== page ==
Elite Contempt Is the Common Denominator in Populist Victories

Elite Contempt Is the Common Denominator in Populist Victories, by Caroline Glick.

The Brexit Party’s victory effectively ends the Conservative party’s monopoly on Britain’s political right for the first time in two hundred years. The Conservatives will respond to the trouncing in one of two ways. They can disintegrate completely by doubling down on outgoing Prime Minister Theresa May’s soft Brexit – with or without a second referendum — or they can start listening to their voters. …

Brexit, Trump, Israel, Australia, Europe:

One underlying issue is common in all of the elections. And until the progressive left and the establishment center right reconcile themselves to it, and find a respectful means to contend with it, they will continue to see populist forces grow stronger and win elections.

That issue is contempt. Throughout the Western world, beyond the economic issues and even beyond specific social issues like gay marriage or abortion rights, voters are motivated to vote for the populist, nationalist right in part due to their anger at the left and center-right’s undisguised contempt for them.

In the United States, the left’s snobbery reached its height with Hillary Clinton’s castigation of Trump’s supporters as “deplorables.” But her assertion wasn’t made in isolation. It was made in the midst of a general atmosphere in which Democratic politicians from Barack Obama to Nancy Pelosi and establishment Republicans felt comfortable putting down Americans who aren’t part of their club. Obama infamously referred to Clinton’s “deplorables” as “bitter” people in small towns who “cling to guns or religion or antipathy toward people who aren’t like them or anti-immigrant sentiment or anti-trade sentiment as a way to explain their frustrations.”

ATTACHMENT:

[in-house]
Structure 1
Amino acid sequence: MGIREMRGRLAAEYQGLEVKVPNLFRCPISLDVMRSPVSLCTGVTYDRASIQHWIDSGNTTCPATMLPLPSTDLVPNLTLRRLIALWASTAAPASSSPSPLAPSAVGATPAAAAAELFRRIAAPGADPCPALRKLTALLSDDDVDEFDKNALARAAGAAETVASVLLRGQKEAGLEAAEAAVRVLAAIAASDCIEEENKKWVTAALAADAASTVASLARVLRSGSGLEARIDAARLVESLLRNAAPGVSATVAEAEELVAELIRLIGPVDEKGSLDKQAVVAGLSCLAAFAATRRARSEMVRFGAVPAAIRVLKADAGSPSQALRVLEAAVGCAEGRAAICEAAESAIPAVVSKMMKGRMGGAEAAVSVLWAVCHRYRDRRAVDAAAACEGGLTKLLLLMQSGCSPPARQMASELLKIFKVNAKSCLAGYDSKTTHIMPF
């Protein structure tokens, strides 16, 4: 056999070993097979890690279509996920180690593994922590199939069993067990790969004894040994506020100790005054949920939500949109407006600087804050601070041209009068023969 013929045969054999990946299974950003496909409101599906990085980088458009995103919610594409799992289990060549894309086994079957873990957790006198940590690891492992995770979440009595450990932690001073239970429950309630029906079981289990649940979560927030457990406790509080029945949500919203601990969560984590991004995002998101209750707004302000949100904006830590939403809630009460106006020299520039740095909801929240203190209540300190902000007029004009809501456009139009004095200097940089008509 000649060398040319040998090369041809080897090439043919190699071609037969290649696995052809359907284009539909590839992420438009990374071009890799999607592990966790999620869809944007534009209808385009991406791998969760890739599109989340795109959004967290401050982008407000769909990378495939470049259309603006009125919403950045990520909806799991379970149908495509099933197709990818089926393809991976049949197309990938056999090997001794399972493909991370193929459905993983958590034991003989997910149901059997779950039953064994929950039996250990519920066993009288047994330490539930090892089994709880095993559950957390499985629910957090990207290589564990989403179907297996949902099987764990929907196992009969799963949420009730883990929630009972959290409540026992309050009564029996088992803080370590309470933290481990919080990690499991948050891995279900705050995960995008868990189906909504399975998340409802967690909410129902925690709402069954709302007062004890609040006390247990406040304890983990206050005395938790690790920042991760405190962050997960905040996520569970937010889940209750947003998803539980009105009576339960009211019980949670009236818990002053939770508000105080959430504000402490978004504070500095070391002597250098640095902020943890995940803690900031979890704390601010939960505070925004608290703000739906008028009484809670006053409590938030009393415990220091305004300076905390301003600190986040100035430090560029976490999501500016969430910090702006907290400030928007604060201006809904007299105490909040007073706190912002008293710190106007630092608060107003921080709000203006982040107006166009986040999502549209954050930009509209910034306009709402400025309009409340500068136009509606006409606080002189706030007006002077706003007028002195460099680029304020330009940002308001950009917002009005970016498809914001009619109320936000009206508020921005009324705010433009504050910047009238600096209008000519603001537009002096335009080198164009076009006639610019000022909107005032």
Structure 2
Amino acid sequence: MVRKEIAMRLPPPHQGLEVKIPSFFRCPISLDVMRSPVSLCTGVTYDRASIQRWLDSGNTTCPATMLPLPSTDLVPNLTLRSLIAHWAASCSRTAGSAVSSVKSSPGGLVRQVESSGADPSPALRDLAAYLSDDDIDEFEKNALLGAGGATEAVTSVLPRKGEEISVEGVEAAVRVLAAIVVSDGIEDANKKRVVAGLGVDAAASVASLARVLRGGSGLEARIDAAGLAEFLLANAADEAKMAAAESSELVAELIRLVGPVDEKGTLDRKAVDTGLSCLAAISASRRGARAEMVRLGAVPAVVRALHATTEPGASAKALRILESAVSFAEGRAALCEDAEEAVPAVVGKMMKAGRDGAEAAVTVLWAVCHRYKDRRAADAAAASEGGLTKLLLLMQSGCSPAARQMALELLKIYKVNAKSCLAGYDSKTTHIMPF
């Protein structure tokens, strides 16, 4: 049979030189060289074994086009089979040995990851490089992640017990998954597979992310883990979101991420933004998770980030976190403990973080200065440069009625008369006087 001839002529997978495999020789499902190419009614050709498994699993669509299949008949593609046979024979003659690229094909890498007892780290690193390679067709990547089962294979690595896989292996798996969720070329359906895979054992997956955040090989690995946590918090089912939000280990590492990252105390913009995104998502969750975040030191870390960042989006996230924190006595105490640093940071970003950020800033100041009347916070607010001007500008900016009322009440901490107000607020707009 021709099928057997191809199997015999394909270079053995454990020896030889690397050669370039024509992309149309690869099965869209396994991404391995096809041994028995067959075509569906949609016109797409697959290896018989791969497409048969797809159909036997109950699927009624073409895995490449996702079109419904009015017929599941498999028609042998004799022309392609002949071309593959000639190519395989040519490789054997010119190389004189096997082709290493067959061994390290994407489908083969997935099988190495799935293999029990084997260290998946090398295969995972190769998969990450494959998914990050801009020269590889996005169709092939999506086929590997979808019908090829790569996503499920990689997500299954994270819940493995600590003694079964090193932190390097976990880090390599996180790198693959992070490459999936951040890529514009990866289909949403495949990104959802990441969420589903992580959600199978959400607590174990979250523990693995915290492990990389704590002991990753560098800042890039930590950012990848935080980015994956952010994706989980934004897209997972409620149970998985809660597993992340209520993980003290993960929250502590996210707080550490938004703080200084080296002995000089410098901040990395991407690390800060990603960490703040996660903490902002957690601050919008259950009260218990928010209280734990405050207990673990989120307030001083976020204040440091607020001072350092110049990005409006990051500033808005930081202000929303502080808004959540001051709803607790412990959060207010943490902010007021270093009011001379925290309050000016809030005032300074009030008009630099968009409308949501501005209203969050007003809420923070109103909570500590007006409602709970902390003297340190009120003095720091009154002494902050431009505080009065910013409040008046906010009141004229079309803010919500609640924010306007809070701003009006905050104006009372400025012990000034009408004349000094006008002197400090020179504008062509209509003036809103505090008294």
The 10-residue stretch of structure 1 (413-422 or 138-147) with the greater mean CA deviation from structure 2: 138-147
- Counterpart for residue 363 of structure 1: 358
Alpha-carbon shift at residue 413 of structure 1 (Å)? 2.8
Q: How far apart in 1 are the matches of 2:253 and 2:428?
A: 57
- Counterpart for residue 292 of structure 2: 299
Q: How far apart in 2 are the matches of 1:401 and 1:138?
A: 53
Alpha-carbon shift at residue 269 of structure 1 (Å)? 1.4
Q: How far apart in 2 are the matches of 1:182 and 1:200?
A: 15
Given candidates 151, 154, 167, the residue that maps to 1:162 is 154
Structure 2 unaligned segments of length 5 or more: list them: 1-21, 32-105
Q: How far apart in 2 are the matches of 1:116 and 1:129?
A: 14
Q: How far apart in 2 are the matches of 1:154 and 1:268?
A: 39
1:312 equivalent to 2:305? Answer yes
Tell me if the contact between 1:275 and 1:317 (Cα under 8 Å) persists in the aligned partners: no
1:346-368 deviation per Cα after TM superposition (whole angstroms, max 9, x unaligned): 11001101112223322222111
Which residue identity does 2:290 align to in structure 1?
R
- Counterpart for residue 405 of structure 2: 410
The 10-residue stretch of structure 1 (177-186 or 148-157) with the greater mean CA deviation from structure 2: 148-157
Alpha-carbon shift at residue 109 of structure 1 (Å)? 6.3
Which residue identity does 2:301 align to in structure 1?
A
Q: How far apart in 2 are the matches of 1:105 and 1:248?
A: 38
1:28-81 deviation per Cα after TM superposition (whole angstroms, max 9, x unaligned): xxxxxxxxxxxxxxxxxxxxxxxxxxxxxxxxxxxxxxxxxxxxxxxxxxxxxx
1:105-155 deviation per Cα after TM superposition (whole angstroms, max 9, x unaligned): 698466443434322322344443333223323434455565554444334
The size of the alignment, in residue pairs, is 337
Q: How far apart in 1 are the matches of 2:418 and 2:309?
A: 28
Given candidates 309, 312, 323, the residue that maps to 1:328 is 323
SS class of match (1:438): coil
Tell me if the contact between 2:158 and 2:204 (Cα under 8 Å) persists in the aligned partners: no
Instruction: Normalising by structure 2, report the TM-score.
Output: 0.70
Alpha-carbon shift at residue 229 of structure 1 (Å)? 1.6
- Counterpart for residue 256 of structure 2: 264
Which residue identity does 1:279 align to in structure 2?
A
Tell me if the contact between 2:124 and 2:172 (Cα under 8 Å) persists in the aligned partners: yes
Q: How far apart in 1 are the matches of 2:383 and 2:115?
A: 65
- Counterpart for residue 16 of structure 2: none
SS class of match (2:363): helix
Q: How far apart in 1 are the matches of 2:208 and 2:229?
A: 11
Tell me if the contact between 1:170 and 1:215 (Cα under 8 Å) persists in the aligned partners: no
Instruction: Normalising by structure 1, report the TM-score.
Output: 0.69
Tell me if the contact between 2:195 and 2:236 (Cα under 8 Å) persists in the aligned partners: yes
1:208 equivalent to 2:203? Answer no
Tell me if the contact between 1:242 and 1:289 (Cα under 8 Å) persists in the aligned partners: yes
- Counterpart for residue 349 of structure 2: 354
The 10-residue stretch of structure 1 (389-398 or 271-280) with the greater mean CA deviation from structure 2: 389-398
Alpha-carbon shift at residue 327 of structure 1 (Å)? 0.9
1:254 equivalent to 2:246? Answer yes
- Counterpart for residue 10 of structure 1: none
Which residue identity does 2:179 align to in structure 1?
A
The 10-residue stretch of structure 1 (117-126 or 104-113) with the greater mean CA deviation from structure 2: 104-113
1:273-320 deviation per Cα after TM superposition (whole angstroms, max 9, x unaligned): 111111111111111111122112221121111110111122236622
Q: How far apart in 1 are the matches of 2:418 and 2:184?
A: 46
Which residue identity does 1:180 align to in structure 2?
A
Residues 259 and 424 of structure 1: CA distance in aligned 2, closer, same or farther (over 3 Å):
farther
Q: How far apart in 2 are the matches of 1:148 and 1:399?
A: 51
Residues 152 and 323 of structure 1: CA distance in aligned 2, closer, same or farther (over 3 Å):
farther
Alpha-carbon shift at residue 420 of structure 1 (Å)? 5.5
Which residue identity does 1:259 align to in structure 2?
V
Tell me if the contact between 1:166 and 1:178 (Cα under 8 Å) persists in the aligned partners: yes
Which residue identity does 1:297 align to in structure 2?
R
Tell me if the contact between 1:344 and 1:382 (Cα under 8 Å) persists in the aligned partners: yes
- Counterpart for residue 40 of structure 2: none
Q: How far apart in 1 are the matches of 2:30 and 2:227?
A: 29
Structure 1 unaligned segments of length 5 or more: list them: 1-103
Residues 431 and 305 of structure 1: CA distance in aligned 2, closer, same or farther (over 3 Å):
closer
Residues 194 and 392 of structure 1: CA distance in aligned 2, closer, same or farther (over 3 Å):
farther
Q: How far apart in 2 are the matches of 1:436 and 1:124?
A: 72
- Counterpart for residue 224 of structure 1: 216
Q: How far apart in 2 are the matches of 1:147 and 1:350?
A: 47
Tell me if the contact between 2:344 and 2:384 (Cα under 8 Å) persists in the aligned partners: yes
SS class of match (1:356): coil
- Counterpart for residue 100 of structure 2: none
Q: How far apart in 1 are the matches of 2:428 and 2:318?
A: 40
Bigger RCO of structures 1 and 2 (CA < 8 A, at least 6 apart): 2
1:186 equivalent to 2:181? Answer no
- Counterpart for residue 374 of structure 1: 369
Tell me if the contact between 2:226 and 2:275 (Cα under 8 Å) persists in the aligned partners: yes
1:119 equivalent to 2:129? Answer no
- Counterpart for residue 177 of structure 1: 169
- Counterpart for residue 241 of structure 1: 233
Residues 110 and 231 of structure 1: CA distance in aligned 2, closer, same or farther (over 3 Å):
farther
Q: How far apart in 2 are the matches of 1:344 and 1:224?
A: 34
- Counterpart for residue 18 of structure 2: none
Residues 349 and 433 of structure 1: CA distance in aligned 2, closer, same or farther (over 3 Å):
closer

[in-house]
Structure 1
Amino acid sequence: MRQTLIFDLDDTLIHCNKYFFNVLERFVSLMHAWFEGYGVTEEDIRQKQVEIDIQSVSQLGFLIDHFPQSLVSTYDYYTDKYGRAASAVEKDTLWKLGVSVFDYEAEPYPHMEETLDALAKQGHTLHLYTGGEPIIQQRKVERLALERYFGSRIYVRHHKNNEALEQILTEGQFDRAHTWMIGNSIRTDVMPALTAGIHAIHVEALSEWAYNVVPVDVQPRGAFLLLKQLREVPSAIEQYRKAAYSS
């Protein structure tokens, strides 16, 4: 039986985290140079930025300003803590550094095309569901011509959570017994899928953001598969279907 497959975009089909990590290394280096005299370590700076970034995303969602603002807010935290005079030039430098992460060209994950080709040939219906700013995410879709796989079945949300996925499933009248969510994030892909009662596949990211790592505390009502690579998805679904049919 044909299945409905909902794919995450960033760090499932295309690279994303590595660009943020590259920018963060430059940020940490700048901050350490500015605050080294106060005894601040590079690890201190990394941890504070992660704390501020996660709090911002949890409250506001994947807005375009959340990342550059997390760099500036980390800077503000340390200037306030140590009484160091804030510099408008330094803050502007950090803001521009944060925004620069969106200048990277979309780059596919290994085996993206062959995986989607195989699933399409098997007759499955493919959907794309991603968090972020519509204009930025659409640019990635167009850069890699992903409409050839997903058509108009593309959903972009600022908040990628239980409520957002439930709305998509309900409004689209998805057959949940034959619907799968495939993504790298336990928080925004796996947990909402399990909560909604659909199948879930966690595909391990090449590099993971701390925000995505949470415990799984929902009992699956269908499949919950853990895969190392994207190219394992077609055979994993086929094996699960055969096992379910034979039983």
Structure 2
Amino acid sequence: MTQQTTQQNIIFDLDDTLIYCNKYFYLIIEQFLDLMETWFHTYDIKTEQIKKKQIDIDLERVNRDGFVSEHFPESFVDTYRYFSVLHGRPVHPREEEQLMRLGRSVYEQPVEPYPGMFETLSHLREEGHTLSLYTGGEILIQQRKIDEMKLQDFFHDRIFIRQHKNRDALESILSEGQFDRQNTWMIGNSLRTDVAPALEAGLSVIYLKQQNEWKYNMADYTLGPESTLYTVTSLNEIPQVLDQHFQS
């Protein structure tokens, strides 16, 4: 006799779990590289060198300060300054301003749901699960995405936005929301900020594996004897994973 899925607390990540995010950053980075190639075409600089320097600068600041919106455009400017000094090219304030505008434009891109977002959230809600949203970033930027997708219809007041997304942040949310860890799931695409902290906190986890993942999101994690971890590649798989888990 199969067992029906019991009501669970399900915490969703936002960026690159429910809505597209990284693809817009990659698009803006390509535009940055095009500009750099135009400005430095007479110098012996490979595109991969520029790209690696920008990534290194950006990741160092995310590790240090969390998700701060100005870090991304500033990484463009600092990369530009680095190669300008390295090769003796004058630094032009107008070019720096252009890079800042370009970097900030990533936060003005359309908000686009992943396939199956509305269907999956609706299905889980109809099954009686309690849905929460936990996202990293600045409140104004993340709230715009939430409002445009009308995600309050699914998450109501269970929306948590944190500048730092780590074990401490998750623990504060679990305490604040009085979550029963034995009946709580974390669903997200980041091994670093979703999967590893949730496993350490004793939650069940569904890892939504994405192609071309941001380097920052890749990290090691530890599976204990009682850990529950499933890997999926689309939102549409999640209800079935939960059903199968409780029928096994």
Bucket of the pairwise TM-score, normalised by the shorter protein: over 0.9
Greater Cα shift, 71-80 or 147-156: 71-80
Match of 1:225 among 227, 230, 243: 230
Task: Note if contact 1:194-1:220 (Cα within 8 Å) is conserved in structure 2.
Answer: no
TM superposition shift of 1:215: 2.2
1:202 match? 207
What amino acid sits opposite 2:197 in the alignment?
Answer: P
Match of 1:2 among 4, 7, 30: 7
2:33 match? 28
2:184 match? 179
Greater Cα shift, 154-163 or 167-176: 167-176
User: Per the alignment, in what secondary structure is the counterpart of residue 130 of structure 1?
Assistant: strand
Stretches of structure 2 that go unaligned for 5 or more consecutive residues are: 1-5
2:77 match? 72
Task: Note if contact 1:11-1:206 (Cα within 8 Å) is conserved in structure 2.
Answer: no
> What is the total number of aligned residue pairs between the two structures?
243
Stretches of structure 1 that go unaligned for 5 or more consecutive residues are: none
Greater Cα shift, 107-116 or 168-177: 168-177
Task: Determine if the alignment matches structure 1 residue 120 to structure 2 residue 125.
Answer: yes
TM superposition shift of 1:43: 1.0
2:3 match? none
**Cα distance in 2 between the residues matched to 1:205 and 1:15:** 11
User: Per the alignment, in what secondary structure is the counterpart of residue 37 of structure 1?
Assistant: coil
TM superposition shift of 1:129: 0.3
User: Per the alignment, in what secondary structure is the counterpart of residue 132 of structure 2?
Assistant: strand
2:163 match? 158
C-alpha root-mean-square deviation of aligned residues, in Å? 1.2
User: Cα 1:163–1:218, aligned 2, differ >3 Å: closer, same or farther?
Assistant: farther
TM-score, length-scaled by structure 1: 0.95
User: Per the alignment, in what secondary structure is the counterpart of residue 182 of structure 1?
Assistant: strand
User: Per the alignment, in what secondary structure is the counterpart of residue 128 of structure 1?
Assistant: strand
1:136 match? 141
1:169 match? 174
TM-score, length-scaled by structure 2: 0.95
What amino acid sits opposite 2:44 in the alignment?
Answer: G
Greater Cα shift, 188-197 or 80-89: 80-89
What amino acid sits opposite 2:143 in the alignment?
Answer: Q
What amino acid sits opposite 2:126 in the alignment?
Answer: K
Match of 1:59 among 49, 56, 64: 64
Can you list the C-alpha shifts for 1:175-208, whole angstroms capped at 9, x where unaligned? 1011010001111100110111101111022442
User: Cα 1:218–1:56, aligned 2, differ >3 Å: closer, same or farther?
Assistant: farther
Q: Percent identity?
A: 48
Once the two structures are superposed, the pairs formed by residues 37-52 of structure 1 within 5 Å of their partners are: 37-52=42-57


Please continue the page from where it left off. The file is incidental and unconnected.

The media, which serves as an extension of the Democratic Party and embraces NeverTrump Republicans as a means to attack Trump and his voters, continuously broadcasts contempt for both.

Likewise, according to Australian professor and media analyst Stan Grant, one of the decisive factors in Australia’s election was religion. A large swathe of the public developed a sense that Labor leader Shorten held them and their religious convictions in contempt. …

By adopting an attitude of contempt for them, Shorten, like Clinton and Obama and May and French President Emmanuel Macron insulted the voters. …

Globalization cuts both ways:

The rise of the populist/nationalist/ideological right throughout the West demonstrates that globalization cuts both ways. Members of the global progressive and center-right elite embrace the same post-nationalist, post-industrial, and post-Christian values and agendas at elite conferences in Brussels and New York, at the United Nations, on network news and online. But back in their home countries, those they disregard are also online and also talking. The disregarded majorities are also listening to one another.

The most potent message that crosses the world each day and empowers populists and nationalist conservatives is one of exasperation and anger at the transnational elites’ solidarity in their contempt for their people. …

“Democracy” is being redefined by the elite to mean what they want:

For European Unionists and British Remainers, for the Israeli elite and the American establishment, the globalization of their values and agendas has brought them to believe that democracy means fixing the rules of the game. Through judicial activism and bureaucratic regulations, through intellectual terror and public shaming, these elites seek to render election results inconsequential. Ballot boxes, in their view, are no match for the combined forces of the elite media and academia and the bureaucracy. They determine norms. They determine policies – in the name of Democracy.

But throughout the West, the “deplorables” are listening to one another and rediscovering their power and voices at the ballot boxes. They realize that democracy is a means for the people to determine their course in the world. The elite may control the discourse, but the people decide who will run their countries.